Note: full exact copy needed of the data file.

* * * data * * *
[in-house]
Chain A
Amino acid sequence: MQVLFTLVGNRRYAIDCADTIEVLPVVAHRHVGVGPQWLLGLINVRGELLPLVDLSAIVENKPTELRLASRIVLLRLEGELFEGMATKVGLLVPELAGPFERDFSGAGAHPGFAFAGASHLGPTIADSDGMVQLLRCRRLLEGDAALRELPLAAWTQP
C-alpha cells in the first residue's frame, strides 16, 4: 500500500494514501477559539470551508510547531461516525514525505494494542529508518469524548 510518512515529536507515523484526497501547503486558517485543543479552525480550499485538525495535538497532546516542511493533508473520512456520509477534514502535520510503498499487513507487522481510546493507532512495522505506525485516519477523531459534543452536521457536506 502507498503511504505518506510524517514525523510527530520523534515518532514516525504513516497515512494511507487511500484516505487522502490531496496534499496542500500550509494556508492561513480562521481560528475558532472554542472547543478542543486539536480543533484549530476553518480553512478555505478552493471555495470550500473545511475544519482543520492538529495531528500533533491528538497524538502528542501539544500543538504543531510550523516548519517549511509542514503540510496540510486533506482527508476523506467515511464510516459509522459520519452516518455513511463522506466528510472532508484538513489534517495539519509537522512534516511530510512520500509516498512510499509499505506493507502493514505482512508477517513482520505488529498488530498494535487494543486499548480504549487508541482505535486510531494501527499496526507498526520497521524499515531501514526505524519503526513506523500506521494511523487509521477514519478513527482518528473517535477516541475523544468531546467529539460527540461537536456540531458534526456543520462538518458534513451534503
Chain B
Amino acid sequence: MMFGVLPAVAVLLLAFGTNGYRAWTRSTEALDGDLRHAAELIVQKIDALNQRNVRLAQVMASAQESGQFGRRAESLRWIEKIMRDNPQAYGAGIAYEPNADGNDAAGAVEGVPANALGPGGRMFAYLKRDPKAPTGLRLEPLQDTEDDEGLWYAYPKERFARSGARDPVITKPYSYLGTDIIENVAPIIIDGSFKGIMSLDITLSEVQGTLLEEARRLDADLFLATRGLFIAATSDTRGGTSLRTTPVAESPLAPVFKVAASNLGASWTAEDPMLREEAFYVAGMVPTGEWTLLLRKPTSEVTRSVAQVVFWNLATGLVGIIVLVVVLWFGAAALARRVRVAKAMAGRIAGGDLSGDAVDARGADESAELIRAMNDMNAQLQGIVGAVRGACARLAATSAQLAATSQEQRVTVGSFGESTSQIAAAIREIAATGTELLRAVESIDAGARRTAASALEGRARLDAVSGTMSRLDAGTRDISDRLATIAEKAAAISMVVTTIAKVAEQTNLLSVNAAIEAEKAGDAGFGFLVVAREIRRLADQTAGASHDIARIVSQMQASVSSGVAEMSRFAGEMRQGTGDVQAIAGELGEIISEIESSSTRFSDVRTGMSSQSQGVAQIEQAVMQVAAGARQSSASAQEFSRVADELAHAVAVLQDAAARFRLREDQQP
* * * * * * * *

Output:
[in-house]
Chain A
Amino acid sequence: MQVLFTLVGNRRYAIDCADTIEVLPVVAHRHVGVGPQWLLGLINVRGELLPLVDLSAIVENKPTELRLASRIVLLRLEGELFEGMATKVGLLVPELAGPFERDFSGAGAHPGFAFAGASHLGPTIADSDGMVQLLRCRRLLEGDAALRELPLAAWTQP
C-alpha cells in the first residue's frame, strides 16, 4: 500500500494514501477559539470551508510547531461516525514525505494494542529508518469524548 510518512515529536507515523484526497501547503486558517485543543479552525480550499485538525495535538497532546516542511493533508473520512456520509477534514502535520510503498499487513507487522481510546493507532512495522505506525485516519477523531459534543452536521457536506 502507498503511504505518506510524517514525523510527530520523534515518532514516525504513516497515512494511507487511500484516505487522502490531496496534499496542500500550509494556508492561513480562521481560528475558532472554542472547543478542543486539536480543533484549530476553518480553512478555505478552493471555495470550500473545511475544519482543520492538529495531528500533533491528538497524538502528542501539544500543538504543531510550523516548519517549511509542514503540510496540510486533506482527508476523506467515511464510516459509522459520519452516518455513511463522506466528510472532508484538513489534517495539519509537522512534516511530510512520500509516498512510499509499505506493507502493514505482512508477517513482520505488529498488530498494535487494543486499548480504549487508541482505535486510531494501527499496526507498526520497521524499515531501514526505524519503526513506523500506521494511523487509521477514519478513527482518528473517535477516541475523544468531546467529539460527540461537536456540531458534526456543520462538518458534513451534503
Chain B
Amino acid sequence: MMFGVLPAVAVLLLAFGTNGYRAWTRSTEALDGDLRHAAELIVQKIDALNQRNVRLAQVMASAQESGQFGRRAESLRWIEKIMRDNPQAYGAGIAYEPNADGNDAAGAVEGVPANALGPGGRMFAYLKRDPKAPTGLRLEPLQDTEDDEGLWYAYPKERFARSGARDPVITKPYSYLGTDIIENVAPIIIDGSFKGIMSLDITLSEVQGTLLEEARRLDADLFLATRGLFIAATSDTRGGTSLRTTPVAESPLAPVFKVAASNLGASWTAEDPMLREEAFYVAGMVPTGEWTLLLRKPTSEVTRSVAQVVFWNLATGLVGIIVLVVVLWFGAAALARRVRVAKAMAGRIAGGDLSGDAVDARGADESAELIRAMNDMNAQLQGIVGAVRGACARLAATSAQLAATSQEQRVTVGSFGESTSQIAAAIREIAATGTELLRAVESIDAGARRTAASALEGRARLDAVSGTMSRLDAGTRDISDRLATIAEKAAAISMVVTTIAKVAEQTNLLSVNAAIEAEKAGDAGFGFLVVAREIRRLADQTAGASHDIARIVSQMQASVSSGVAEMSRFAGEMRQGTGDVQAIAGELGEIISEIESSSTRFSDVRTGMSSQSQGVAQIEQAVMQVAAGARQSSASAQEFSRVADELAHAVAVLQDAAARFRLREDQQP